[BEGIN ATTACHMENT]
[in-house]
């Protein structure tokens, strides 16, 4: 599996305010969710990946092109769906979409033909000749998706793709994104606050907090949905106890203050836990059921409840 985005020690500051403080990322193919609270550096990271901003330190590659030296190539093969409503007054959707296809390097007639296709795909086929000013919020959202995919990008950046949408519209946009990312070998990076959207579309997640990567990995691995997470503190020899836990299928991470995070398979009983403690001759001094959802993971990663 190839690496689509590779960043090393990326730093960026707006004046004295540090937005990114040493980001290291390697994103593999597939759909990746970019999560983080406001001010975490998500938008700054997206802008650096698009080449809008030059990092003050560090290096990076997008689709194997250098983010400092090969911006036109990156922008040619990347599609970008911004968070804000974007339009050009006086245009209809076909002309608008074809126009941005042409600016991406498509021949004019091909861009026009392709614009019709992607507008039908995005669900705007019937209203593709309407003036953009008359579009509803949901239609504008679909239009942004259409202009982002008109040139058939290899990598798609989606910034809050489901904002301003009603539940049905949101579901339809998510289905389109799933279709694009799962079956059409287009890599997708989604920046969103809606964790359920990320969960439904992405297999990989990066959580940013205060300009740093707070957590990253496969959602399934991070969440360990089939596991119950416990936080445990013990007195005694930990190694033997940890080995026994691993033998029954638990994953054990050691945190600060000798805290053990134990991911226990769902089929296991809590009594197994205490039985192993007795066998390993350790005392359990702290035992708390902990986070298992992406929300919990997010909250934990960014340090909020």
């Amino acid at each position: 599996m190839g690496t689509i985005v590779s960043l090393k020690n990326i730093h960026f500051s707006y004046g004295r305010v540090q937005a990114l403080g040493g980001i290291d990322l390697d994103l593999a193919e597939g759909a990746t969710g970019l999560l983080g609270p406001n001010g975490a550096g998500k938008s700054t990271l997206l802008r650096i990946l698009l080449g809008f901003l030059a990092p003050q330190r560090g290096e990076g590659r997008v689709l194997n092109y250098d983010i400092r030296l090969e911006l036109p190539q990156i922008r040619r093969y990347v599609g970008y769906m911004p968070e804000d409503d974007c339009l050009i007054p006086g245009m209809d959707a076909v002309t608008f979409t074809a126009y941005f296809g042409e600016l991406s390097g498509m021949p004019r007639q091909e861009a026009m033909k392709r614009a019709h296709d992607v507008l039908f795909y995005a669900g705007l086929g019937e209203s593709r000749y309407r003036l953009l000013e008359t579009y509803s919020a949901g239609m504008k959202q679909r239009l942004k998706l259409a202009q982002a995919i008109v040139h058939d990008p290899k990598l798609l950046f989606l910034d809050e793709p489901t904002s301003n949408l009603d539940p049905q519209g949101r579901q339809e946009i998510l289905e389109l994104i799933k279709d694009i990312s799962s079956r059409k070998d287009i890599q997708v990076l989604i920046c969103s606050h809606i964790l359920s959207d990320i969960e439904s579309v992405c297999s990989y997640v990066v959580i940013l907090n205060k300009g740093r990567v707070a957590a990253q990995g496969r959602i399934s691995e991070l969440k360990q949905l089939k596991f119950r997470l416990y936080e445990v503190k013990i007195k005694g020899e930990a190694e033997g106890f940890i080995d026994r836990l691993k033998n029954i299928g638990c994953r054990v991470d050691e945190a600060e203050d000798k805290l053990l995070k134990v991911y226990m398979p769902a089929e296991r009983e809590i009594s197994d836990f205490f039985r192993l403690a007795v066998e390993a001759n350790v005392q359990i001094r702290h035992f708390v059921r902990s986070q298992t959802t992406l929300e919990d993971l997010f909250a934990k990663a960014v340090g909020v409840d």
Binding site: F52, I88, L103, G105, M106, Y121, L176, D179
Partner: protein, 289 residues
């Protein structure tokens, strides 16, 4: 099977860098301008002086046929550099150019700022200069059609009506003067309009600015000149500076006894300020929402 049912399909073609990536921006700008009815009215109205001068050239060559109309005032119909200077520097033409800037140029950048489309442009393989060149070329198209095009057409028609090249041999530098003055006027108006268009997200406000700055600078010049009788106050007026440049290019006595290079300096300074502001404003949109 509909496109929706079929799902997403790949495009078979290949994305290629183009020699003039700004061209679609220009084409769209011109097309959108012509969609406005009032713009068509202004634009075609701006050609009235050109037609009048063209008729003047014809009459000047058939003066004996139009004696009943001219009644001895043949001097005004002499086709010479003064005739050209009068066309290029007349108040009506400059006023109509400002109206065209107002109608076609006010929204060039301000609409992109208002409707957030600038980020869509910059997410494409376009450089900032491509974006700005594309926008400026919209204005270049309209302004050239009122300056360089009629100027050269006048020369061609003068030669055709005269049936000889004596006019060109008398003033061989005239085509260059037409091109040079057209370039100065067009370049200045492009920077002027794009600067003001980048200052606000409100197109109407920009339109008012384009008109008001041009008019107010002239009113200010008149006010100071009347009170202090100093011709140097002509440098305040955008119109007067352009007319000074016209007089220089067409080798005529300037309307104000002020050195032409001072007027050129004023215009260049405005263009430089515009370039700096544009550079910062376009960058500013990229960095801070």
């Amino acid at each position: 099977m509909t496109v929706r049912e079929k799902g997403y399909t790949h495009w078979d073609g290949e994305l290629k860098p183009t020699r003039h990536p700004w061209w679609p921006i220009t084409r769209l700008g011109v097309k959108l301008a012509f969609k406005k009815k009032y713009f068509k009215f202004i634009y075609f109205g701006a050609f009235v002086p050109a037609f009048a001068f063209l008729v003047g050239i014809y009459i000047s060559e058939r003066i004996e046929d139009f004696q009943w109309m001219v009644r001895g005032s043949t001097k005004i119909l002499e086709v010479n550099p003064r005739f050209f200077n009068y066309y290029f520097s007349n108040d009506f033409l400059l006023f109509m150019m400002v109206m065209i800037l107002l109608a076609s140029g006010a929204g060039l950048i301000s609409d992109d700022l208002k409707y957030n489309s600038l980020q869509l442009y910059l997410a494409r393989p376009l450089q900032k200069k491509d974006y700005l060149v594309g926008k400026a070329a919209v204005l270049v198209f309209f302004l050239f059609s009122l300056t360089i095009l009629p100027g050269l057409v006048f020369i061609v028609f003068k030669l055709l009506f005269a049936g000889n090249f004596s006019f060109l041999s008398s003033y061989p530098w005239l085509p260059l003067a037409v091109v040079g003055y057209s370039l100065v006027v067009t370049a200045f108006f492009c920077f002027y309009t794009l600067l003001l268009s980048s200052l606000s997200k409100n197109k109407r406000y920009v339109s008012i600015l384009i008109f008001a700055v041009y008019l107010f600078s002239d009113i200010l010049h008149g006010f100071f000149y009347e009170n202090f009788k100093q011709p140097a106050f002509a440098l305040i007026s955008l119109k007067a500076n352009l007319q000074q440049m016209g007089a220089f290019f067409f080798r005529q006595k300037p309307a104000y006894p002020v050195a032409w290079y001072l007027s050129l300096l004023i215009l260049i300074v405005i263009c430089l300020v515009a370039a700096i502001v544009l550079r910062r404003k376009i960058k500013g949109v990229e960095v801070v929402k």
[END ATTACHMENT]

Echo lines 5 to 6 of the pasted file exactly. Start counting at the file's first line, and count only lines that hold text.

Partner: protein, 289 residues
């Protein structure tokens, strides 16, 4: 099977860098301008002086046929550099150019700022200069059609009506003067309009600015000149500076006894300020929402 049912399909073609990536921006700008009815009215109205001068050239060559109309005032119909200077520097033409800037140029950048489309442009393989060149070329198209095009057409028609090249041999530098003055006027108006268009997200406000700055600078010049009788106050007026440049290019006595290079300096300074502001404003949109 509909496109929706079929799902997403790949495009078979290949994305290629183009020699003039700004061209679609220009084409769209011109097309959108012509969609406005009032713009068509202004634009075609701006050609009235050109037609009048063209008729003047014809009459000047058939003066004996139009004696009943001219009644001895043949001097005004002499086709010479003064005739050209009068066309290029007349108040009506400059006023109509400002109206065209107002109608076609006010929204060039301000609409992109208002409707957030600038980020869509910059997410494409376009450089900032491509974006700005594309926008400026919209204005270049309209302004050239009122300056360089009629100027050269006048020369061609003068030669055709005269049936000889004596006019060109008398003033061989005239085509260059037409091109040079057209370039100065067009370049200045492009920077002027794009600067003001980048200052606000409100197109109407920009339109008012384009008109008001041009008019107010002239009113200010008149006010100071009347009170202090100093011709140097002509440098305040955008119109007067352009007319000074016209007089220089067409080798005529300037309307104000002020050195032409001072007027050129004023215009260049405005263009430089515009370039700096544009550079910062376009960058500013990229960095801070």